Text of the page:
Theophilos (king)

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Theophilos
Theophilos portrait.jpg
Portrait of Theophilos
Indo-Greek king
Reign 130 BCE or 90 BCE
Coin of Theophilos.
Obv: Bust of king Theophilos. Bead and reel contour.
Rev: Herakles.
Indian-standard coin of Theophilos, with bust of Herakles, and his club on reverse.

Theophilos (Greek: Θεὀφιλος) was a minor Indo-Greek king who ruled for a short time in the Paropamisadae. He was possibly a relative of Zoilos I and is only known from coins. It is possible that some of Theophilos' coins in fact belong to another ruler, in Greek Bactria, during approximately the same period.

Time of reign

While Bopearachchi suggests c. 90 BCE, R. C. Senior believes that Theophilos ruled in the 130s BCE. Both numismatics do however suggest that the reigns of Theophilos and Nicias were adjacent.

Coins of Theophilos

Just like Zoilos I, Theophilos struck Indian silver coins with Herakles, a common symbol of the house of Euthydemus I, and the epithet Dikaios/Dhramikasa "The Just/Follower of the Dharma". The monograms are mostly the same as those of Nicias. The bronzes have similar inscriptions.

Bronzes of Theophilos:

A Bactrian king Theophilos?

However, there is a wholly different, and very rare, Attic coinage of a king Theophilos. Found in Bactria, these coins feature a reverse with a seated Athena with Nike, a different title Autokrator "Autocrat King", and also a separate monogram. Although this is not a very common occurrence on Indo-Greek coins, the coins of Theophilos have generally been accepted as belonging to one unique king. Bopearachchi has supported this proposition by pointing at the similarity between the portraits and the identical treatment of the diadem (one end straight, one end crooked).

Against this, Jakobsson[1] argues that the coins issued by the later Indo-Greek kings for export into Bactria were consistently similar to these kings' regular Indian coinage. Consequently, the coins of Theophilos Autokrator were not such export issues, but should belong to a Bactrian ruler. Jakobsson suggests that Theophilos Autokrator was a Bactrian princelet who briefly maintained himself in some part of Bactria, after the Hellenistic kingdom there had been vanquished by nomads, presumably in the 120s BCE.

Greco-Bactrian and Indo-Greek kings, territories and chronology
Based on Bopearachchi (1991)[2]
Greco-Bactrian kings Indo-Greek kings
Territories/
dates
West Bactria East Bactria Paropamisade
Arachosia Gandhara Western Punjab Eastern Punjab Mathura[3]
326-325 BCE Campaigns of Alexander the Great in India Nanda Empire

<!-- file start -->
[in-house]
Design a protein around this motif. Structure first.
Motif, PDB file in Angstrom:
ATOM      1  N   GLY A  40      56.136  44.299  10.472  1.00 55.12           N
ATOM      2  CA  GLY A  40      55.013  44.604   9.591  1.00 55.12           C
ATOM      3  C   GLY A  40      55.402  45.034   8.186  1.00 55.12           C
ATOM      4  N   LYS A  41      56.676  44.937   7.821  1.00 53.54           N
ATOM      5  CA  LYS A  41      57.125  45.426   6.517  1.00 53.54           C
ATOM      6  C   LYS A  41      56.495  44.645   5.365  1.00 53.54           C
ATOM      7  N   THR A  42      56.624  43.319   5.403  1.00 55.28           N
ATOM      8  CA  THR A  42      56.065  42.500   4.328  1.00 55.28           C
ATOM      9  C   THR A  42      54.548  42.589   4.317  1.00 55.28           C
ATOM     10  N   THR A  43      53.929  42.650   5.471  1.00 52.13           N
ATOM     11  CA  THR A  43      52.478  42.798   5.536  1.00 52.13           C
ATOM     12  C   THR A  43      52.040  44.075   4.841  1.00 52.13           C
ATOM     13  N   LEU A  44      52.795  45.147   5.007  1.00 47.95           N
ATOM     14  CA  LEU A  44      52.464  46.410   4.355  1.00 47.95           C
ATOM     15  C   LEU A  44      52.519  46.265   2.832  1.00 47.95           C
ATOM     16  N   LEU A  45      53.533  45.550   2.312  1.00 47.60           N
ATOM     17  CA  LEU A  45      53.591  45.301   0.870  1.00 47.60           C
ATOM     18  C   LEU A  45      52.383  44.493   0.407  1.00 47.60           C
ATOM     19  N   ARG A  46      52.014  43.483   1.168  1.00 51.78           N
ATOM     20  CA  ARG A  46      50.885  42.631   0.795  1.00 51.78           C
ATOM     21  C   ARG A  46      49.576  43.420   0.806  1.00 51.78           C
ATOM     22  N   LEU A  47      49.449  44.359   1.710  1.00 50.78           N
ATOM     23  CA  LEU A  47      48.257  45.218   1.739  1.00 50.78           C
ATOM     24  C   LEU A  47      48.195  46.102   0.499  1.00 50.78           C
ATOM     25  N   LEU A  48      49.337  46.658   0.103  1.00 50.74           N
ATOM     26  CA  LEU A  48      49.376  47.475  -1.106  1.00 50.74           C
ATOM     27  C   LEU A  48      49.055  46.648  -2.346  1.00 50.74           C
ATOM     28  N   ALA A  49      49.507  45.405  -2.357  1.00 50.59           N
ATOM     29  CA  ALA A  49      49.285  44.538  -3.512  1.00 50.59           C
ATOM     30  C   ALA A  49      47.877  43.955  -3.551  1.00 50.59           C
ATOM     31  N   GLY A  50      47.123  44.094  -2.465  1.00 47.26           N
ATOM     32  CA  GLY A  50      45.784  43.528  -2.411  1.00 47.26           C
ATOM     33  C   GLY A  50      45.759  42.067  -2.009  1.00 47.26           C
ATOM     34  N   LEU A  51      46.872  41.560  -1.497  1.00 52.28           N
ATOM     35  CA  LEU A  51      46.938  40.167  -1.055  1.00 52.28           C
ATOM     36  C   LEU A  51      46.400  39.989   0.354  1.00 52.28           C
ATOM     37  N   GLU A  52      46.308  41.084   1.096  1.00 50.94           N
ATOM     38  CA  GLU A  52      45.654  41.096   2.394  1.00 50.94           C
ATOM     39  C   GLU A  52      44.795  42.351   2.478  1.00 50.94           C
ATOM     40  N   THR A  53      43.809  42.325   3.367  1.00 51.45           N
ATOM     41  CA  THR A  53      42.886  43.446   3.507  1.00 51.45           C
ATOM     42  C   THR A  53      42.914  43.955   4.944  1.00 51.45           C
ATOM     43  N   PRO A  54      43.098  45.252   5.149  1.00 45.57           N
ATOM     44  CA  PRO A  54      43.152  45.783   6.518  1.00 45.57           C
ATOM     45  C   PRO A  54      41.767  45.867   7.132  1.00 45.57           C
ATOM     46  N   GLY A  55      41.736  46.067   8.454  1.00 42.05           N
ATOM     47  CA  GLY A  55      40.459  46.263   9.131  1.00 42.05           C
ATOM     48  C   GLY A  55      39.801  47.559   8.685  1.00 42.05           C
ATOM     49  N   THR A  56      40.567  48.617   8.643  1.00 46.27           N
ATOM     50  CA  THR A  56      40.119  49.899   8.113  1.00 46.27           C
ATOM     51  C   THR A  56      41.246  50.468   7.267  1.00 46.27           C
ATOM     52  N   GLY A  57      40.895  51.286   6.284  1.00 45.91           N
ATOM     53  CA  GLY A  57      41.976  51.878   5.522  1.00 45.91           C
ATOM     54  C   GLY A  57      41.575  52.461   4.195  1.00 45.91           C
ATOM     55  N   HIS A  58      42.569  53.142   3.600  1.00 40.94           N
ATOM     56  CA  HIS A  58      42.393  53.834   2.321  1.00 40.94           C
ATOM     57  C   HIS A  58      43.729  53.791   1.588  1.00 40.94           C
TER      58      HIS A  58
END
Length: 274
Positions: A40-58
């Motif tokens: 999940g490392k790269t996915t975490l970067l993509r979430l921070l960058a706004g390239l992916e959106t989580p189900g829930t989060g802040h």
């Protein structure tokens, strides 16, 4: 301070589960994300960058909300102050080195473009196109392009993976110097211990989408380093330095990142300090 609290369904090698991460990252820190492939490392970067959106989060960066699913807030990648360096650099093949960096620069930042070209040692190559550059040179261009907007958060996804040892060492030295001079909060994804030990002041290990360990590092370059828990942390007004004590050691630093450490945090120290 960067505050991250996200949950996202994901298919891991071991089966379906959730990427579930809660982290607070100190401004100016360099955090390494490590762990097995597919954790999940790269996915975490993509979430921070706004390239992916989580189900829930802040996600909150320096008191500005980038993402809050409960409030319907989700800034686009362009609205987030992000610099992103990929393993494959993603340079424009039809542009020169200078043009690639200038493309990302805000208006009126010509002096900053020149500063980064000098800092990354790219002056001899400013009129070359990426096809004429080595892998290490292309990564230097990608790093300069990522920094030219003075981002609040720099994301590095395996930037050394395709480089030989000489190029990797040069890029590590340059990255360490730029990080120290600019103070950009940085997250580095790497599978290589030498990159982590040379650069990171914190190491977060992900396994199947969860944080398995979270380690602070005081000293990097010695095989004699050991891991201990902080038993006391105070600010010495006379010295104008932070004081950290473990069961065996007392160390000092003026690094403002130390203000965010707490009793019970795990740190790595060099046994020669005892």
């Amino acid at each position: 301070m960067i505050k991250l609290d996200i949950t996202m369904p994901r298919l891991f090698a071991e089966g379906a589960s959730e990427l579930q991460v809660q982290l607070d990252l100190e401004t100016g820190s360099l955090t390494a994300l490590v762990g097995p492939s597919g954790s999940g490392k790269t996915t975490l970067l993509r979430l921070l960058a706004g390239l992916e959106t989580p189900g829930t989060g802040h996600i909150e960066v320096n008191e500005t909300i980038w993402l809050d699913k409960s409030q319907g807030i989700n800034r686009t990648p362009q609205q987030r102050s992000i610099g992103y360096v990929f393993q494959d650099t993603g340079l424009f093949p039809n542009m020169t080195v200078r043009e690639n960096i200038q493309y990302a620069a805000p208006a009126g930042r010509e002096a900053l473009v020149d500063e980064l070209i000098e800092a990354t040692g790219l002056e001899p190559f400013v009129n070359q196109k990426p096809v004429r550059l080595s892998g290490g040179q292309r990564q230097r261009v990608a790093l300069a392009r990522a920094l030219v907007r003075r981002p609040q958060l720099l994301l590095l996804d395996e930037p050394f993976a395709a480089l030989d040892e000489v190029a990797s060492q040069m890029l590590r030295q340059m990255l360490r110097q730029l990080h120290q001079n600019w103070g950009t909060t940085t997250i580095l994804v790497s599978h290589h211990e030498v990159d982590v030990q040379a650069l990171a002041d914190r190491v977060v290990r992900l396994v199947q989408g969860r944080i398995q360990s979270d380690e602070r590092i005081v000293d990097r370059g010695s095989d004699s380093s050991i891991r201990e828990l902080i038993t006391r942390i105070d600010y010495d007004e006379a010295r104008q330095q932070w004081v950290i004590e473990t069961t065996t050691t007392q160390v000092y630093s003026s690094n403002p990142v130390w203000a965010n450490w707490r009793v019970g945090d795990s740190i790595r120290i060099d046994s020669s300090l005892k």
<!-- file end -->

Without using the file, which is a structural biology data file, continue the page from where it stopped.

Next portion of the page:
312 BCE Creation of the Seleucid Empire Creation of the Maurya Empire
305 BCE Seleucid Empire after Mauryan war Maurya Empire
280 BCE Foundation of Ai-Khanoum
255–239 BCE Independence of the
Greco-Bactrian kingdom
Diodotus I
Emperor Ashoka (268-232)
239–223 BCE Diodotus II
230–200 BCE Euthydemus I
200–190 BCE Demetrius I Sunga Empire
190-185 BCE Euthydemus II
190–180 BCE Agathocles Pantaleon
185–170 BCE Antimachus I
180–160 BCE Apollodotus I
175–170 BCE Demetrius II
160–155 BCE Antimachus II
170–145 BCE Eucratides I
155–130 BCE Yuezhi occupation,
loss of Ai-Khanoum
Eucratides II
Plato
Heliocles I
Menander I
130–120 BCE Yuezhi occupation Zoilos I Agathokleia Yavanarajya
inscription
120–110 BCE Lysias Strato I
110–100 BCE Antialcidas Heliokles II
100 BCE Polyxenos Demetrius III
100–95 BCE Philoxenus
95–90 BCE Diomedes Amyntas Epander
90 BCE Theophilos Peukolaos Thraso
90–85 BCE Nicias Menander II Artemidoros
90–70 BCE Hermaeus Archebius
Yuezhi occupation Maues (Indo-Scythian)
75–70 BCE Vonones Telephos Apollodotus II
65–55 BCE Spalirises Hippostratos Dionysios
55–35 BCE Azes I (Indo-Scythians) Zoilos II
55–35 BCE Vijayamitra/ Azilises Apollophanes
25 BCE – 10 CE Gondophares Zeionises Kharahostes Strato II
Strato III
Gondophares (Indo-Parthian) Rajuvula (Indo-Scythian)
Kujula Kadphises (Kushan Empire) Bhadayasa
(Indo-Scythian)
Sodasa
(Indo-Scythian)


See also

Notes

  1. ^ Jakobsson, J: Theophilos Autokrator, a last Bactrian king? ONS Journal 202 (2010).
  2. ^ O. Bopearachchi, "Monnaies gréco-bactriennes et indo-grecques, Catalogue raisonné", Bibliothèque Nationale, Paris, 1991, p.453
  3. ^ History of Early Stone Sculpture at Mathura: Ca. 150 BCE - 100 CE, Sonya Rhie Quintanilla, BRILL, 2007, p.9 [1]

References

  • The Greeks in Bactria and India, W.W. Tarn, Cambridge University Press.
Preceded by
Diomedes
Indo-Greek ruler in Paropamisadae
c. 90 BCE
Succeeded by
Nicias
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